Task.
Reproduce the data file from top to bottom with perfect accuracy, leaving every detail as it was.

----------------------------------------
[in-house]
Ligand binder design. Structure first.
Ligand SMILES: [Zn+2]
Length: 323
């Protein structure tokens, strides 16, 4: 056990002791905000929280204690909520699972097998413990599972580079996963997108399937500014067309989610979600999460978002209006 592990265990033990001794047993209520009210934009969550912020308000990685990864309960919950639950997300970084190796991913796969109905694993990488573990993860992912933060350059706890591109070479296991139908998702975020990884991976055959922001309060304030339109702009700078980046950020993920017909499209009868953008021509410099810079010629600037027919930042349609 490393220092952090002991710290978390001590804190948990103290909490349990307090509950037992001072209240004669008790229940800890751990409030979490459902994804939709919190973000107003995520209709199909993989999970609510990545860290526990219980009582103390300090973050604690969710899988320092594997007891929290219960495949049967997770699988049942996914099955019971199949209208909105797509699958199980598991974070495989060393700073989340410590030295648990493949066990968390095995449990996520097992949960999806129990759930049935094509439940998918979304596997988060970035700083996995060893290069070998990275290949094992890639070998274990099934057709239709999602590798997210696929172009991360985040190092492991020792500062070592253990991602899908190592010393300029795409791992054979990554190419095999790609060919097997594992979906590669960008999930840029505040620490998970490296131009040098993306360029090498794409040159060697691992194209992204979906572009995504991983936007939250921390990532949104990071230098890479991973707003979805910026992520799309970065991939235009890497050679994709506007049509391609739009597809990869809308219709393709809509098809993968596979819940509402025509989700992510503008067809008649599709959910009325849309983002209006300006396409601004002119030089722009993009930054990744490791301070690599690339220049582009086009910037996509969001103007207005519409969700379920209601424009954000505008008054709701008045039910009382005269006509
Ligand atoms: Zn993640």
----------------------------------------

[in-house]
Ligand binder design. Structure first.
Ligand SMILES: [Zn+2]
Length: 323
């Protein structure tokens, strides 16, 4: 056990002791905000929280204690909520699972097998413990599972580079996963997108399937500014067309989610979600999460978002209006 592990265990033990001794047993209520009210934009969550912020308000990685990864309960919950639950997300970084190796991913796969109905694993990488573990993860992912933060350059706890591109070479296991139908998702975020990884991976055959922001309060304030339109702009700078980046950020993920017909499209009868953008021509410099810079010629600037027919930042349609 490393220092952090002991710290978390001590804190948990103290909490349990307090509950037992001072209240004669008790229940800890751990409030979490459902994804939709919190973000107003995520209709199909993989999970609510990545860290526990219980009582103390300090973050604690969710899988320092594997007891929290219960495949049967997770699988049942996914099955019971199949209208909105797509699958199980598991974070495989060393700073989340410590030295648990493949066990968390095995449990996520097992949960999806129990759930049935094509439940998918979304596997988060970035700083996995060893290069070998990275290949094992890639070998274990099934057709239709999602590798997210696929172009991360985040190092492991020792500062070592253990991602899908190592010393300029795409791992054979990554190419095999790609060919097997594992979906590669960008999930840029505040620490998970490296131009040098993306360029090498794409040159060697691992194209992204979906572009995504991983936007939250921390990532949104990071230098890479991973707003979805910026992520799309970065991939235009890497050679994709506007049509391609739009597809990869809308219709393709809509098809993968596979819940509402025509989700992510503008067809008649599709959910009325849309983002209006300006396409601004002119030089722009993009930054990744490791301070690599690339220049582009086009910037996509969001103007207005519409969700379920209601424009954000505008008054709701008045039910009382005269006509
Ligand atoms: Zn993640």